Overheard debates: James Gunn's rehiring

Category:  Opinions
Wednesday, March 27th, 2019 at 6:57 PM

There are many overheard debates in the Spectator office. This week, our writers take on Disney’s firing and eventual rehiring of “Guardians of the Galaxy” director James Gunn. Gunn had been fired for some controversial tweets, with two of the main subjects being rape and pedophilia. The tweets were published over a decade ago. While fired, Gunn took over as director of the upcoming “Suicide Squad” sequel. Reports state he’ll do both “Suicide Squad” and the third “Guardians of the Galaxy” film.

What did you think about James Gunn being fired?

Nathan Brennan: I thought it was an appropriate enough response. He was the center of a controversy, so it made sense that they would fire him at that time.

That controversy resulted from tweets approximately 10 years ago, in which he made crude jokes that made light of subjects such as pedophilia. Being that the tweets were so offensive to many, including myself, Disney found it prudent to take action and remove him from his position. This brought up an interesting debate: at what point do we forgive? Yes, the tweets were 10 years ago, but their nature was graphic and quite uncomfortable to read, so much so that I don’t wish to repeat them. However, if one believes that others can change over time, and he has atoned for his mistakes, do we let bygones be bygones?

Jason Hurst: It was completely ridiculous. Over tweets said a decade ago? If they were a lot more recent, it would’ve made sense. It appeared to be more of a move by Disney and Marvel to distance themselves from the controversy.

Does the timing of his tweets affect anything?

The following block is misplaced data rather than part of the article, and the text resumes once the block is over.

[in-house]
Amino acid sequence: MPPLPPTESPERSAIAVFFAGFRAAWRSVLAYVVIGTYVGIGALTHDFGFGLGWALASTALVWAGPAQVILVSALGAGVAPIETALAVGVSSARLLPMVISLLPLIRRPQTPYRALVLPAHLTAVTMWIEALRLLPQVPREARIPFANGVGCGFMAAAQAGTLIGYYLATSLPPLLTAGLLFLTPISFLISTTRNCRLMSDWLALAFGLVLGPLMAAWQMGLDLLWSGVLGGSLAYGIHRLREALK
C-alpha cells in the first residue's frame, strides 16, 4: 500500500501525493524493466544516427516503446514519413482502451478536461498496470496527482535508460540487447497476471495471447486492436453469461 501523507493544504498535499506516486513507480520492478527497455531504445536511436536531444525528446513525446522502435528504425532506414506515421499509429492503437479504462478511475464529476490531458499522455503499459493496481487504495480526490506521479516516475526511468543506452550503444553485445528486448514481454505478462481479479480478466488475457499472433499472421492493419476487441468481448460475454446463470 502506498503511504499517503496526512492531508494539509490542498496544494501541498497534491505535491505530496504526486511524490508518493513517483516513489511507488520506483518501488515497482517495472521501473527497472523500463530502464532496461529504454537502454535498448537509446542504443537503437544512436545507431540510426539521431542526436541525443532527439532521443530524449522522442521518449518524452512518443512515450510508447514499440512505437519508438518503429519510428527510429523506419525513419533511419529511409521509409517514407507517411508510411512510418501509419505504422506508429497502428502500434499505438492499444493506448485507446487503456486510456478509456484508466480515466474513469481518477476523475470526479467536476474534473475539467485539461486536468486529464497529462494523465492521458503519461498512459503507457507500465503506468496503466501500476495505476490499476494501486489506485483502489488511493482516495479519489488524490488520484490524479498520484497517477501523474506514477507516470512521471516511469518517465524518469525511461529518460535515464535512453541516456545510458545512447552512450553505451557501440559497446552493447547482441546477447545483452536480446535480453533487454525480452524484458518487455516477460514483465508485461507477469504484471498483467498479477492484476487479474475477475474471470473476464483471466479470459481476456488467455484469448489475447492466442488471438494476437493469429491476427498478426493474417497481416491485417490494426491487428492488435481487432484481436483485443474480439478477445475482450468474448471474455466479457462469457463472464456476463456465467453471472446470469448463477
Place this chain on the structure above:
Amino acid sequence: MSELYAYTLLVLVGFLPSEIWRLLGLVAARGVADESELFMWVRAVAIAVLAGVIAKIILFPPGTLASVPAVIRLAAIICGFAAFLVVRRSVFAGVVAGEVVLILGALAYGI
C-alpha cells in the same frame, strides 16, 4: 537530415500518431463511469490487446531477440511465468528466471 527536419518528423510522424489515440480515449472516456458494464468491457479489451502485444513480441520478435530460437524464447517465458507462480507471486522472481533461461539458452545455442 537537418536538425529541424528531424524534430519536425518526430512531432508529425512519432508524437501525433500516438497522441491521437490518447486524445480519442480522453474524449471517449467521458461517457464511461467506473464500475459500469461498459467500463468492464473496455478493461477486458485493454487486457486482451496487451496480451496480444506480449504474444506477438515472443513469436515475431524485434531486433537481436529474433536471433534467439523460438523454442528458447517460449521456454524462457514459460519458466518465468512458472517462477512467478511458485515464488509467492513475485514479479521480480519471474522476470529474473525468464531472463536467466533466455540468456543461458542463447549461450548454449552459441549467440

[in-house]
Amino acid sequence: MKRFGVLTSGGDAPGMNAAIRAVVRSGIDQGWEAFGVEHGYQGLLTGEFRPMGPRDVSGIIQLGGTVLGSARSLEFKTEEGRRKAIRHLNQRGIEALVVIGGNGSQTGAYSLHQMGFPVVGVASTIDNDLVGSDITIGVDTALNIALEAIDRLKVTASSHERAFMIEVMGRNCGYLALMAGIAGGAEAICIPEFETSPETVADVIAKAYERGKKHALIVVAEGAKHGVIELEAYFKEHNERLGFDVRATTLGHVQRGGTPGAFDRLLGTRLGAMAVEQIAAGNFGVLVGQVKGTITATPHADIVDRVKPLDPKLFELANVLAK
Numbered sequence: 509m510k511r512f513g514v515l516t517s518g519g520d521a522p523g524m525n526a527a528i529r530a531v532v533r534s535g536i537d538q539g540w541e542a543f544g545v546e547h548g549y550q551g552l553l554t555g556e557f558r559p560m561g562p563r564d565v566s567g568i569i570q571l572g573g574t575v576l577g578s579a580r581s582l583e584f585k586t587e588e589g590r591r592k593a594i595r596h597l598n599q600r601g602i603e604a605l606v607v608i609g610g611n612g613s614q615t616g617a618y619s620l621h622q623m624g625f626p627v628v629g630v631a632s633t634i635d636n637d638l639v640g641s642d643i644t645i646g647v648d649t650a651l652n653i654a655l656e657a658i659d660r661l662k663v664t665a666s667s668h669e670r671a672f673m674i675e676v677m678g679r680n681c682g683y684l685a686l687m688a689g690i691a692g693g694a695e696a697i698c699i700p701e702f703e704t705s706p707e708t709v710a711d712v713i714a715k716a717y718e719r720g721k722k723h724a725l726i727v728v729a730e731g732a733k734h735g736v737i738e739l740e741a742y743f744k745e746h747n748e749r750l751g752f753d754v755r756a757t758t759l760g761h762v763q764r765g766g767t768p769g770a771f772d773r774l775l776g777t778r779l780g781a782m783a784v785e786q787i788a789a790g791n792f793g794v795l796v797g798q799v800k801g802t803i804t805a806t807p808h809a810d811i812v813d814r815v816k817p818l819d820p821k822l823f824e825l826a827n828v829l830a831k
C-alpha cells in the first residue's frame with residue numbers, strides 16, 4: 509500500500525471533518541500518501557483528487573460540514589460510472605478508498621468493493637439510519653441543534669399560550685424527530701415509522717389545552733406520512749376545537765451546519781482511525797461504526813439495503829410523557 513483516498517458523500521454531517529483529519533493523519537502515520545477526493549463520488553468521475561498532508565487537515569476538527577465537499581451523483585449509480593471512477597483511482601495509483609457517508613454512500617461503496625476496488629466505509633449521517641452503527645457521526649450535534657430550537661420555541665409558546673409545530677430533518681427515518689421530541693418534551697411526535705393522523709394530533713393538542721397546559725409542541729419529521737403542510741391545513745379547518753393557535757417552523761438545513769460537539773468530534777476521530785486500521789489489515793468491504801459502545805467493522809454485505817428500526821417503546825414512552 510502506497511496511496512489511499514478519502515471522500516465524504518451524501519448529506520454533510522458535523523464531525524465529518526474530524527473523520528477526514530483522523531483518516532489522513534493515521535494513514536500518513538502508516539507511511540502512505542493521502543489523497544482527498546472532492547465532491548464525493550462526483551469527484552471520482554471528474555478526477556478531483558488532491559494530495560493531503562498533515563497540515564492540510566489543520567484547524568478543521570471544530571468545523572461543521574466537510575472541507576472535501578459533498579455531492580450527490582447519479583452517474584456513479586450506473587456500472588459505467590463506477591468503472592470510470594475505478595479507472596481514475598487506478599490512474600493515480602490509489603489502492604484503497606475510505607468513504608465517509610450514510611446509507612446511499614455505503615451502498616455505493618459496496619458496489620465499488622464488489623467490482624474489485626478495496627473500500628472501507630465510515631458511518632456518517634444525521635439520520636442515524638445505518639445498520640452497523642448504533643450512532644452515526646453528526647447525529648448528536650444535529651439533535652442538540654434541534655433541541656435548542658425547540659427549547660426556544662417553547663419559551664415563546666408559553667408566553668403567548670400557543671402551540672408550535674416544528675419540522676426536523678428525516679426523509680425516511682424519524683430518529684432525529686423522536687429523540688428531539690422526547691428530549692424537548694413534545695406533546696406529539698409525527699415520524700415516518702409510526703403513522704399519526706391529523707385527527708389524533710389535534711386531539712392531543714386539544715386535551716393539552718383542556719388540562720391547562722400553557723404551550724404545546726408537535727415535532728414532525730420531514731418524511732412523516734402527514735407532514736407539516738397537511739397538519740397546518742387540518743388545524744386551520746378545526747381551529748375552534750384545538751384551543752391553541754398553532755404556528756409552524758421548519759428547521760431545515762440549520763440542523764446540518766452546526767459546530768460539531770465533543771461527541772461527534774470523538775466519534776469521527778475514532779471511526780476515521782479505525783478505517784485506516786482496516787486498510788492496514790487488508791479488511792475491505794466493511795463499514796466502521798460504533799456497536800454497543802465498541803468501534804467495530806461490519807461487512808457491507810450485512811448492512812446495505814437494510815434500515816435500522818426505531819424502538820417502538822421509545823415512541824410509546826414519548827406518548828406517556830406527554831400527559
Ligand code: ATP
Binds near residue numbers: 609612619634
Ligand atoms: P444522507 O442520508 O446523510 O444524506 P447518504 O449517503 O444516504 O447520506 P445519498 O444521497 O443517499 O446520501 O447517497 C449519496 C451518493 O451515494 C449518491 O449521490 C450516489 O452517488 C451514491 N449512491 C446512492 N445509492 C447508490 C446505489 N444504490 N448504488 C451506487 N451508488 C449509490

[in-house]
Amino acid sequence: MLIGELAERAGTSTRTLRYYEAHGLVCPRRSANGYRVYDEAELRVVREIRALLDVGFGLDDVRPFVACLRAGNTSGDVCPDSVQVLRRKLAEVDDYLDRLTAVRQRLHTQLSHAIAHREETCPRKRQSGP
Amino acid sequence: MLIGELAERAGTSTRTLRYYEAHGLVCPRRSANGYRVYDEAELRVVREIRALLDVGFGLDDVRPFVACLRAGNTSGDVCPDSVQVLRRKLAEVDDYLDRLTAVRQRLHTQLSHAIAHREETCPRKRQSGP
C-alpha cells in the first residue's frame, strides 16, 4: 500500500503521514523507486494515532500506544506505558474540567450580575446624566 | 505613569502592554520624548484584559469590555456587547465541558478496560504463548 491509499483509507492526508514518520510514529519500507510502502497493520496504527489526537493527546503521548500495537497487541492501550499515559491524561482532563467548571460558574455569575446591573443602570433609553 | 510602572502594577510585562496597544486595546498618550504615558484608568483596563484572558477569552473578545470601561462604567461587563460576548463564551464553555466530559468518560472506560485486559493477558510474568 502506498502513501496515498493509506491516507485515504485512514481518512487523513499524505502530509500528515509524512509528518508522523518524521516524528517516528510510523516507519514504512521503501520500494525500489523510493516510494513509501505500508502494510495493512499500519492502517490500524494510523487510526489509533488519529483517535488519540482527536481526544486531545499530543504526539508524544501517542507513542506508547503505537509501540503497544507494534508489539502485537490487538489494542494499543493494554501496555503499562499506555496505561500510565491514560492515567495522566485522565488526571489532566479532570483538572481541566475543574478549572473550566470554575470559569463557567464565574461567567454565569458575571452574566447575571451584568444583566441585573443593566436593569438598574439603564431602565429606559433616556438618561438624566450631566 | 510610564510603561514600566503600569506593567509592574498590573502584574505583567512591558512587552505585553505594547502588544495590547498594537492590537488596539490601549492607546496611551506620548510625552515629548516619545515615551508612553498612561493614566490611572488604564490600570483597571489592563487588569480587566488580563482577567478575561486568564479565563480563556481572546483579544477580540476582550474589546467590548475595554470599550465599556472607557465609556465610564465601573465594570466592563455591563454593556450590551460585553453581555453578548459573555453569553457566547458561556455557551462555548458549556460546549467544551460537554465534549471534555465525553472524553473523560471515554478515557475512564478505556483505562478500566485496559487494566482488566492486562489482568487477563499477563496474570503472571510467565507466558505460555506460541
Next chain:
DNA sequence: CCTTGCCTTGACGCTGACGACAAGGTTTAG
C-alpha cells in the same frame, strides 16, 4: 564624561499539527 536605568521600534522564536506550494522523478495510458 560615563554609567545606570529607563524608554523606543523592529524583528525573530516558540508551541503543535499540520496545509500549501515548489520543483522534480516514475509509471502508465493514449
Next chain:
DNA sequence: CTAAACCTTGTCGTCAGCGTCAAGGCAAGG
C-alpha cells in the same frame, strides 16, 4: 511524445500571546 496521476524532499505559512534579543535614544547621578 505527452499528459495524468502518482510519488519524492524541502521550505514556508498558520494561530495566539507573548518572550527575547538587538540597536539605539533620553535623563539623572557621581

NB: I don’t really think it should. Yes, it was perhaps a different culture back then, but comments about pedophilia shouldn’t have ever been acceptable.

JH: They should. It was a different time, yes, but to bring up something that was said previously with no consequence years ago and suddenly get upset over it? Makes no sense to me.

What do you think of outrage/cancel culture? Is it justified? If so, when?

NB: It’s a movement that makes sense in this time period. Celebrities who have been in the spotlight for a while, being exposed as someone perhaps different than perceived is often a jarring, unnerving experience for their fans and those close to them. So a common reaction tends to be outrage or overall “canceling” someone. This is likely what happened here with Gunn.

JH: It certainly can be justified. For example, a person has a history of accusations against them and they come to light, public pressure can do wonders. But it’s dangerous, people jump at the opportunity too fast. The moment an accusation or rumor appears, evidence or no, the immediate thought is to “cancel” them. In the end, the fans of their work suffer the most.     

What do you think about him being rehired eight months later?

NB: It didn’t really make much sense to me. If they were going to fire him, why backtrack and rehire him?